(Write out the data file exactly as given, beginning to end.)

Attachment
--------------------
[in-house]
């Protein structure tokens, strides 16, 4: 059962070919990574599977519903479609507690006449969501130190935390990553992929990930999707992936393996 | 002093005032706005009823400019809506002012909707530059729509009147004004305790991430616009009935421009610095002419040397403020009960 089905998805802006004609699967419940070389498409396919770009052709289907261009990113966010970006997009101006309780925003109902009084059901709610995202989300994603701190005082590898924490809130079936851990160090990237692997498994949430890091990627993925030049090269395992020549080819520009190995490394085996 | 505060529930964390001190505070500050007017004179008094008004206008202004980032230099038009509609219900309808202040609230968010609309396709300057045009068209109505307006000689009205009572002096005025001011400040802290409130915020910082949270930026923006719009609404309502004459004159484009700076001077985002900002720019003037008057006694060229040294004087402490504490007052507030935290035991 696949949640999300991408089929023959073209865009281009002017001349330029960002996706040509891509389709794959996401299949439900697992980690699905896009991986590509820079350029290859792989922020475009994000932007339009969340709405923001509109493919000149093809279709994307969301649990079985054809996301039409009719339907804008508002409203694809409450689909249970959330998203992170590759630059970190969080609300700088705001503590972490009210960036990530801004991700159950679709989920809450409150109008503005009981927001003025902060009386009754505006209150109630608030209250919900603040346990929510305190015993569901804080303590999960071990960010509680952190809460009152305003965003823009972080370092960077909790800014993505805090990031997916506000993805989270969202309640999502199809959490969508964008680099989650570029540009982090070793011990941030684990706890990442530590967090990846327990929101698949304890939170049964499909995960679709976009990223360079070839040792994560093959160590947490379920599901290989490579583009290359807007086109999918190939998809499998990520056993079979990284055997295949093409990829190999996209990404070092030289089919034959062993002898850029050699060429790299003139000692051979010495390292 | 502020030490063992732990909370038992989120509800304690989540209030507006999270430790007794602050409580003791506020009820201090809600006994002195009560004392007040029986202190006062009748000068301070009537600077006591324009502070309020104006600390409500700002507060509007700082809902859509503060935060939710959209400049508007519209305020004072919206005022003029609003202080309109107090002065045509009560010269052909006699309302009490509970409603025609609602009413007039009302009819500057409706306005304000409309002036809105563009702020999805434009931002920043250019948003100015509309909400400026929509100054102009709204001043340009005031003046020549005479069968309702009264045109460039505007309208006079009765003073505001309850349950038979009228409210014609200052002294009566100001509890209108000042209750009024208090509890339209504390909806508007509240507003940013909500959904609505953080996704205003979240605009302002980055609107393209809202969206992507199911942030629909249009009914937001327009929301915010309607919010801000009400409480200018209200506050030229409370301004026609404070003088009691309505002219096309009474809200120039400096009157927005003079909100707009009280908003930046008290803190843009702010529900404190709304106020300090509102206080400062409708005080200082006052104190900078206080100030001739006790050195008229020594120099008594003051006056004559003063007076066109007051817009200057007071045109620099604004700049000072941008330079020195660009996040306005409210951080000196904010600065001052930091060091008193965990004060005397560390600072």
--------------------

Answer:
[in-house]
């Protein structure tokens, strides 16, 4: 059962070919990574599977519903479609507690006449969501130190935390990553992929990930999707992936393996 | 002093005032706005009823400019809506002012909707530059729509009147004004305790991430616009009935421009610095002419040397403020009960 089905998805802006004609699967419940070389498409396919770009052709289907261009990113966010970006997009101006309780925003109902009084059901709610995202989300994603701190005082590898924490809130079936851990160090990237692997498994949430890091990627993925030049090269395992020549080819520009190995490394085996 | 505060529930964390001190505070500050007017004179008094008004206008202004980032230099038009509609219900309808202040609230968010609309396709300057045009068209109505307006000689009205009572002096005025001011400040802290409130915020910082949270930026923006719009609404309502004459004159484009700076001077985002900002720019003037008057006694060229040294004087402490504490007052507030935290035991 696949949640999300991408089929023959073209865009281009002017001349330029960002996706040509891509389709794959996401299949439900697992980690699905896009991986590509820079350029290859792989922020475009994000932007339009969340709405923001509109493919000149093809279709994307969301649990079985054809996301039409009719339907804008508002409203694809409450689909249970959330998203992170590759630059970190969080609300700088705001503590972490009210960036990530801004991700159950679709989920809450409150109008503005009981927001003025902060009386009754505006209150109630608030209250919900603040346990929510305190015993569901804080303590999960071990960010509680952190809460009152305003965003823009972080370092960077909790800014993505805090990031997916506000993805989270969202309640999502199809959490969508964008680099989650570029540009982090070793011990941030684990706890990442530590967090990846327990929101698949304890939170049964499909995960679709976009990223360079070839040792994560093959160590947490379920599901290989490579583009290359807007086109999918190939998809499998990520056993079979990284055997295949093409990829190999996209990404070092030289089919034959062993002898850029050699060429790299003139000692051979010495390292 | 502020030490063992732990909370038992989120509800304690989540209030507006999270430790007794602050409580003791506020009820201090809600006994002195009560004392007040029986202190006062009748000068301070009537600077006591324009502070309020104006600390409500700002507060509007700082809902859509503060935060939710959209400049508007519209305020004072919206005022003029609003202080309109107090002065045509009560010269052909006699309302009490509970409603025609609602009413007039009302009819500057409706306005304000409309002036809105563009702020999805434009931002920043250019948003100015509309909400400026929509100054102009709204001043340009005031003046020549005479069968309702009264045109460039505007309208006079009765003073505001309850349950038979009228409210014609200052002294009566100001509890209108000042209750009024208090509890339209504390909806508007509240507003940013909500959904609505953080996704205003979240605009302002980055609107393209809202969206992507199911942030629909249009009914937001327009929301915010309607919010801000009400409480200018209200506050030229409370301004026609404070003088009691309505002219096309009474809200120039400096009157927005003079909100707009009280908003930046008290803190843009702010529900404190709304106020300090509102206080400062409708005080200082006052104190900078206080100030001739006790050195008229020594120099008594003051006056004559003063007076066109007051817009200057007071045109620099604004700049000072941008330079020195660009996040306005409210951080000196904010600065001052930091060091008193965990004060005397560390600072």